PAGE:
More solar is coming, and two amendments to a resolution defining commercial installations were up for consideration at the planning commission’s September 26 meeting. Amendment 1 would require soil evaluation as a factor in site selection. Amendment 2, possibly an alternative, would require limiting solar to ten percent of each one hundred acres.
Transmission capabilities were also considered. Problems encountered in Queen Anne’s County were noted, and public comments included concerns that farmers could be penalized for having good soil. Noting that everyone’s interests must be taken into account, both amendments were judged to be consistent with our comprehensive plan and sent back to the council.
The commissioners participated that afternoon in a joint Town of Easton and Talbot County Planning Commission meeting. A change in zoning classification to build a warehouse and office buildings on two lots adjacent to Commerce Park was the focus of this meeting. Access exists, and the lots are not in a flood plain; but the town council had only recently received the stormwater report and had critical area concerns. A decision would not be made until the report could be reviewed.
October was named as Suicide Prevention Month; the 2023 Senior Care Plan was introduced; emergency legislation to replace the community center ice rink was introduced, and several other items were considered during the Talbot County Council’s September 27 meeting.
We were also reminded that three large developments are currently planned in Talbot County, and plans for the replacement of the Chapel Hill Elementary school were discussed at length. The state assists in funding, but its forecast for enrollment seems to be based upon past population growth rates. Chapel Hill is a work in progress; but White Marsh Elementary will get a new roof, and shade structures for our elementary schools were approved.
Back to solar, and the introduction of an amendment to Amendment 1 for solar installation. The goal of this amendment is to provide protection for croplands that will pass review of the Maryland Public Service Commission – and work in progress would be excluded from these requirements. There was discussion as to whether to amend Amendment 1 or add a third amendment. A third amendment will be passed back to the Talbot County Planning Commission for their consideration.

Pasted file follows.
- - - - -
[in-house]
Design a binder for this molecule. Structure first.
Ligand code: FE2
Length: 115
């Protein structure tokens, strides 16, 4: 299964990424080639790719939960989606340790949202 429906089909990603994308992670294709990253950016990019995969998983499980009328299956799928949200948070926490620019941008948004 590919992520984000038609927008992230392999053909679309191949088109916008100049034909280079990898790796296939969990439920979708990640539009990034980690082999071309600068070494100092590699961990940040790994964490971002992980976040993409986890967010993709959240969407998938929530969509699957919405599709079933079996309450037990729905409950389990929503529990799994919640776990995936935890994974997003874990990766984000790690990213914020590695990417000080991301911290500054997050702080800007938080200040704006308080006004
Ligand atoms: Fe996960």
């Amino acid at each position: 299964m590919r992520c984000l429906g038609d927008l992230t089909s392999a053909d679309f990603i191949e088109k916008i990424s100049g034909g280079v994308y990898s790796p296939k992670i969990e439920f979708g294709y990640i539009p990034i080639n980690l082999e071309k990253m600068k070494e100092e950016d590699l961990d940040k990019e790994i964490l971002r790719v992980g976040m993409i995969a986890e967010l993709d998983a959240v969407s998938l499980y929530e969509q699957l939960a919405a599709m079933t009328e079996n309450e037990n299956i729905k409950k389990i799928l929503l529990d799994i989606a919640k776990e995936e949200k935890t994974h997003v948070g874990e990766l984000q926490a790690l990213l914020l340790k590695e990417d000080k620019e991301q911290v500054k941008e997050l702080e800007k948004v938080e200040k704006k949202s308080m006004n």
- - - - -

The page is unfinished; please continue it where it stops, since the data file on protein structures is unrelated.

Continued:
Watching these meetings allows us to appreciate that governing in a democracy takes time, and that this effort is worthwhile. These meetings consisted of far more detail and items of public interest than described here, and county meeting videos are available here.
We will have a new Talbot County Council in 2023, and candidates participated in a debate sponsored by the Chesapeake Bay Foundation at the Eastern Shore Conservation Center on Wednesday, September 28.
Scott Kane, former mayor of Chevy Chase, currently serves on a county committee and is recommending more communication with citizens. Keasha Haythe, with years of experience working on development projects on the Eastern Shore, suggested our comprehensive plan is our roadmap, and to address climate change we must have education, outreach, and partnering.
Phil Jackson, chief technology officer for Chesapeake Medical Imaging for 13 years and technology consultant, was praised by Corey Pack at a recent county council meeting for his assistance in addressing failing wastewater treatment in Wye Mills. Michele Dappert, a digital marketing specialist back home in Talbot County, believes we must do what it takes to support our comprehensive plan. She also recognizes that agriculture remains our single largest source of pollution and supports measures to reduce runoff. Pete Lesher, current county council vice president, is not only knowledgeable concerning Talbot County’s history and government, he recognizes the importance of coordinating efforts with municipalities.
Our candidates recognize that we must work together, and clean water is fundamental to life in a county with over 600 miles of shoreline. David Montgomery, a former assistant director of the Congressional Budget Office and Talbot County resident for 30 years, respects our rural atmosphere. Concerning efforts to reduce pollution in our Chesapeake Bay, he suggests there are “lots of good ideas – to be determined.” Lynn Mielke, a retired attorney committed to controlling growth to preserve our rural atmosphere, currently has no ideas for reducing pollution in the Chesapeake Bay, but is “on a learning curve.” Dave Stepp, a telecommunications specialist and owner of two small businesses, recognizes that nitrogen and phosphorus levels are high and that we must have clean water. He also believes we cannot be fully reliant upon green energy.
Chuck Callahan, Talbot County native, owner of a construction company and current president of the county council, agrees that “it all starts with clean water” and we “need to do a better job of communicating and studying impact fees.” Another debate is scheduled for October 9 at the Avalon, and a video of this debate is available on Talbot Spy.
Carol Voyles is a graphic designer/illustrator who retired to the Eastern Shore and became interested in politics. She serves as communications chair for the Talbot County Democratic Forum and lives in Easton.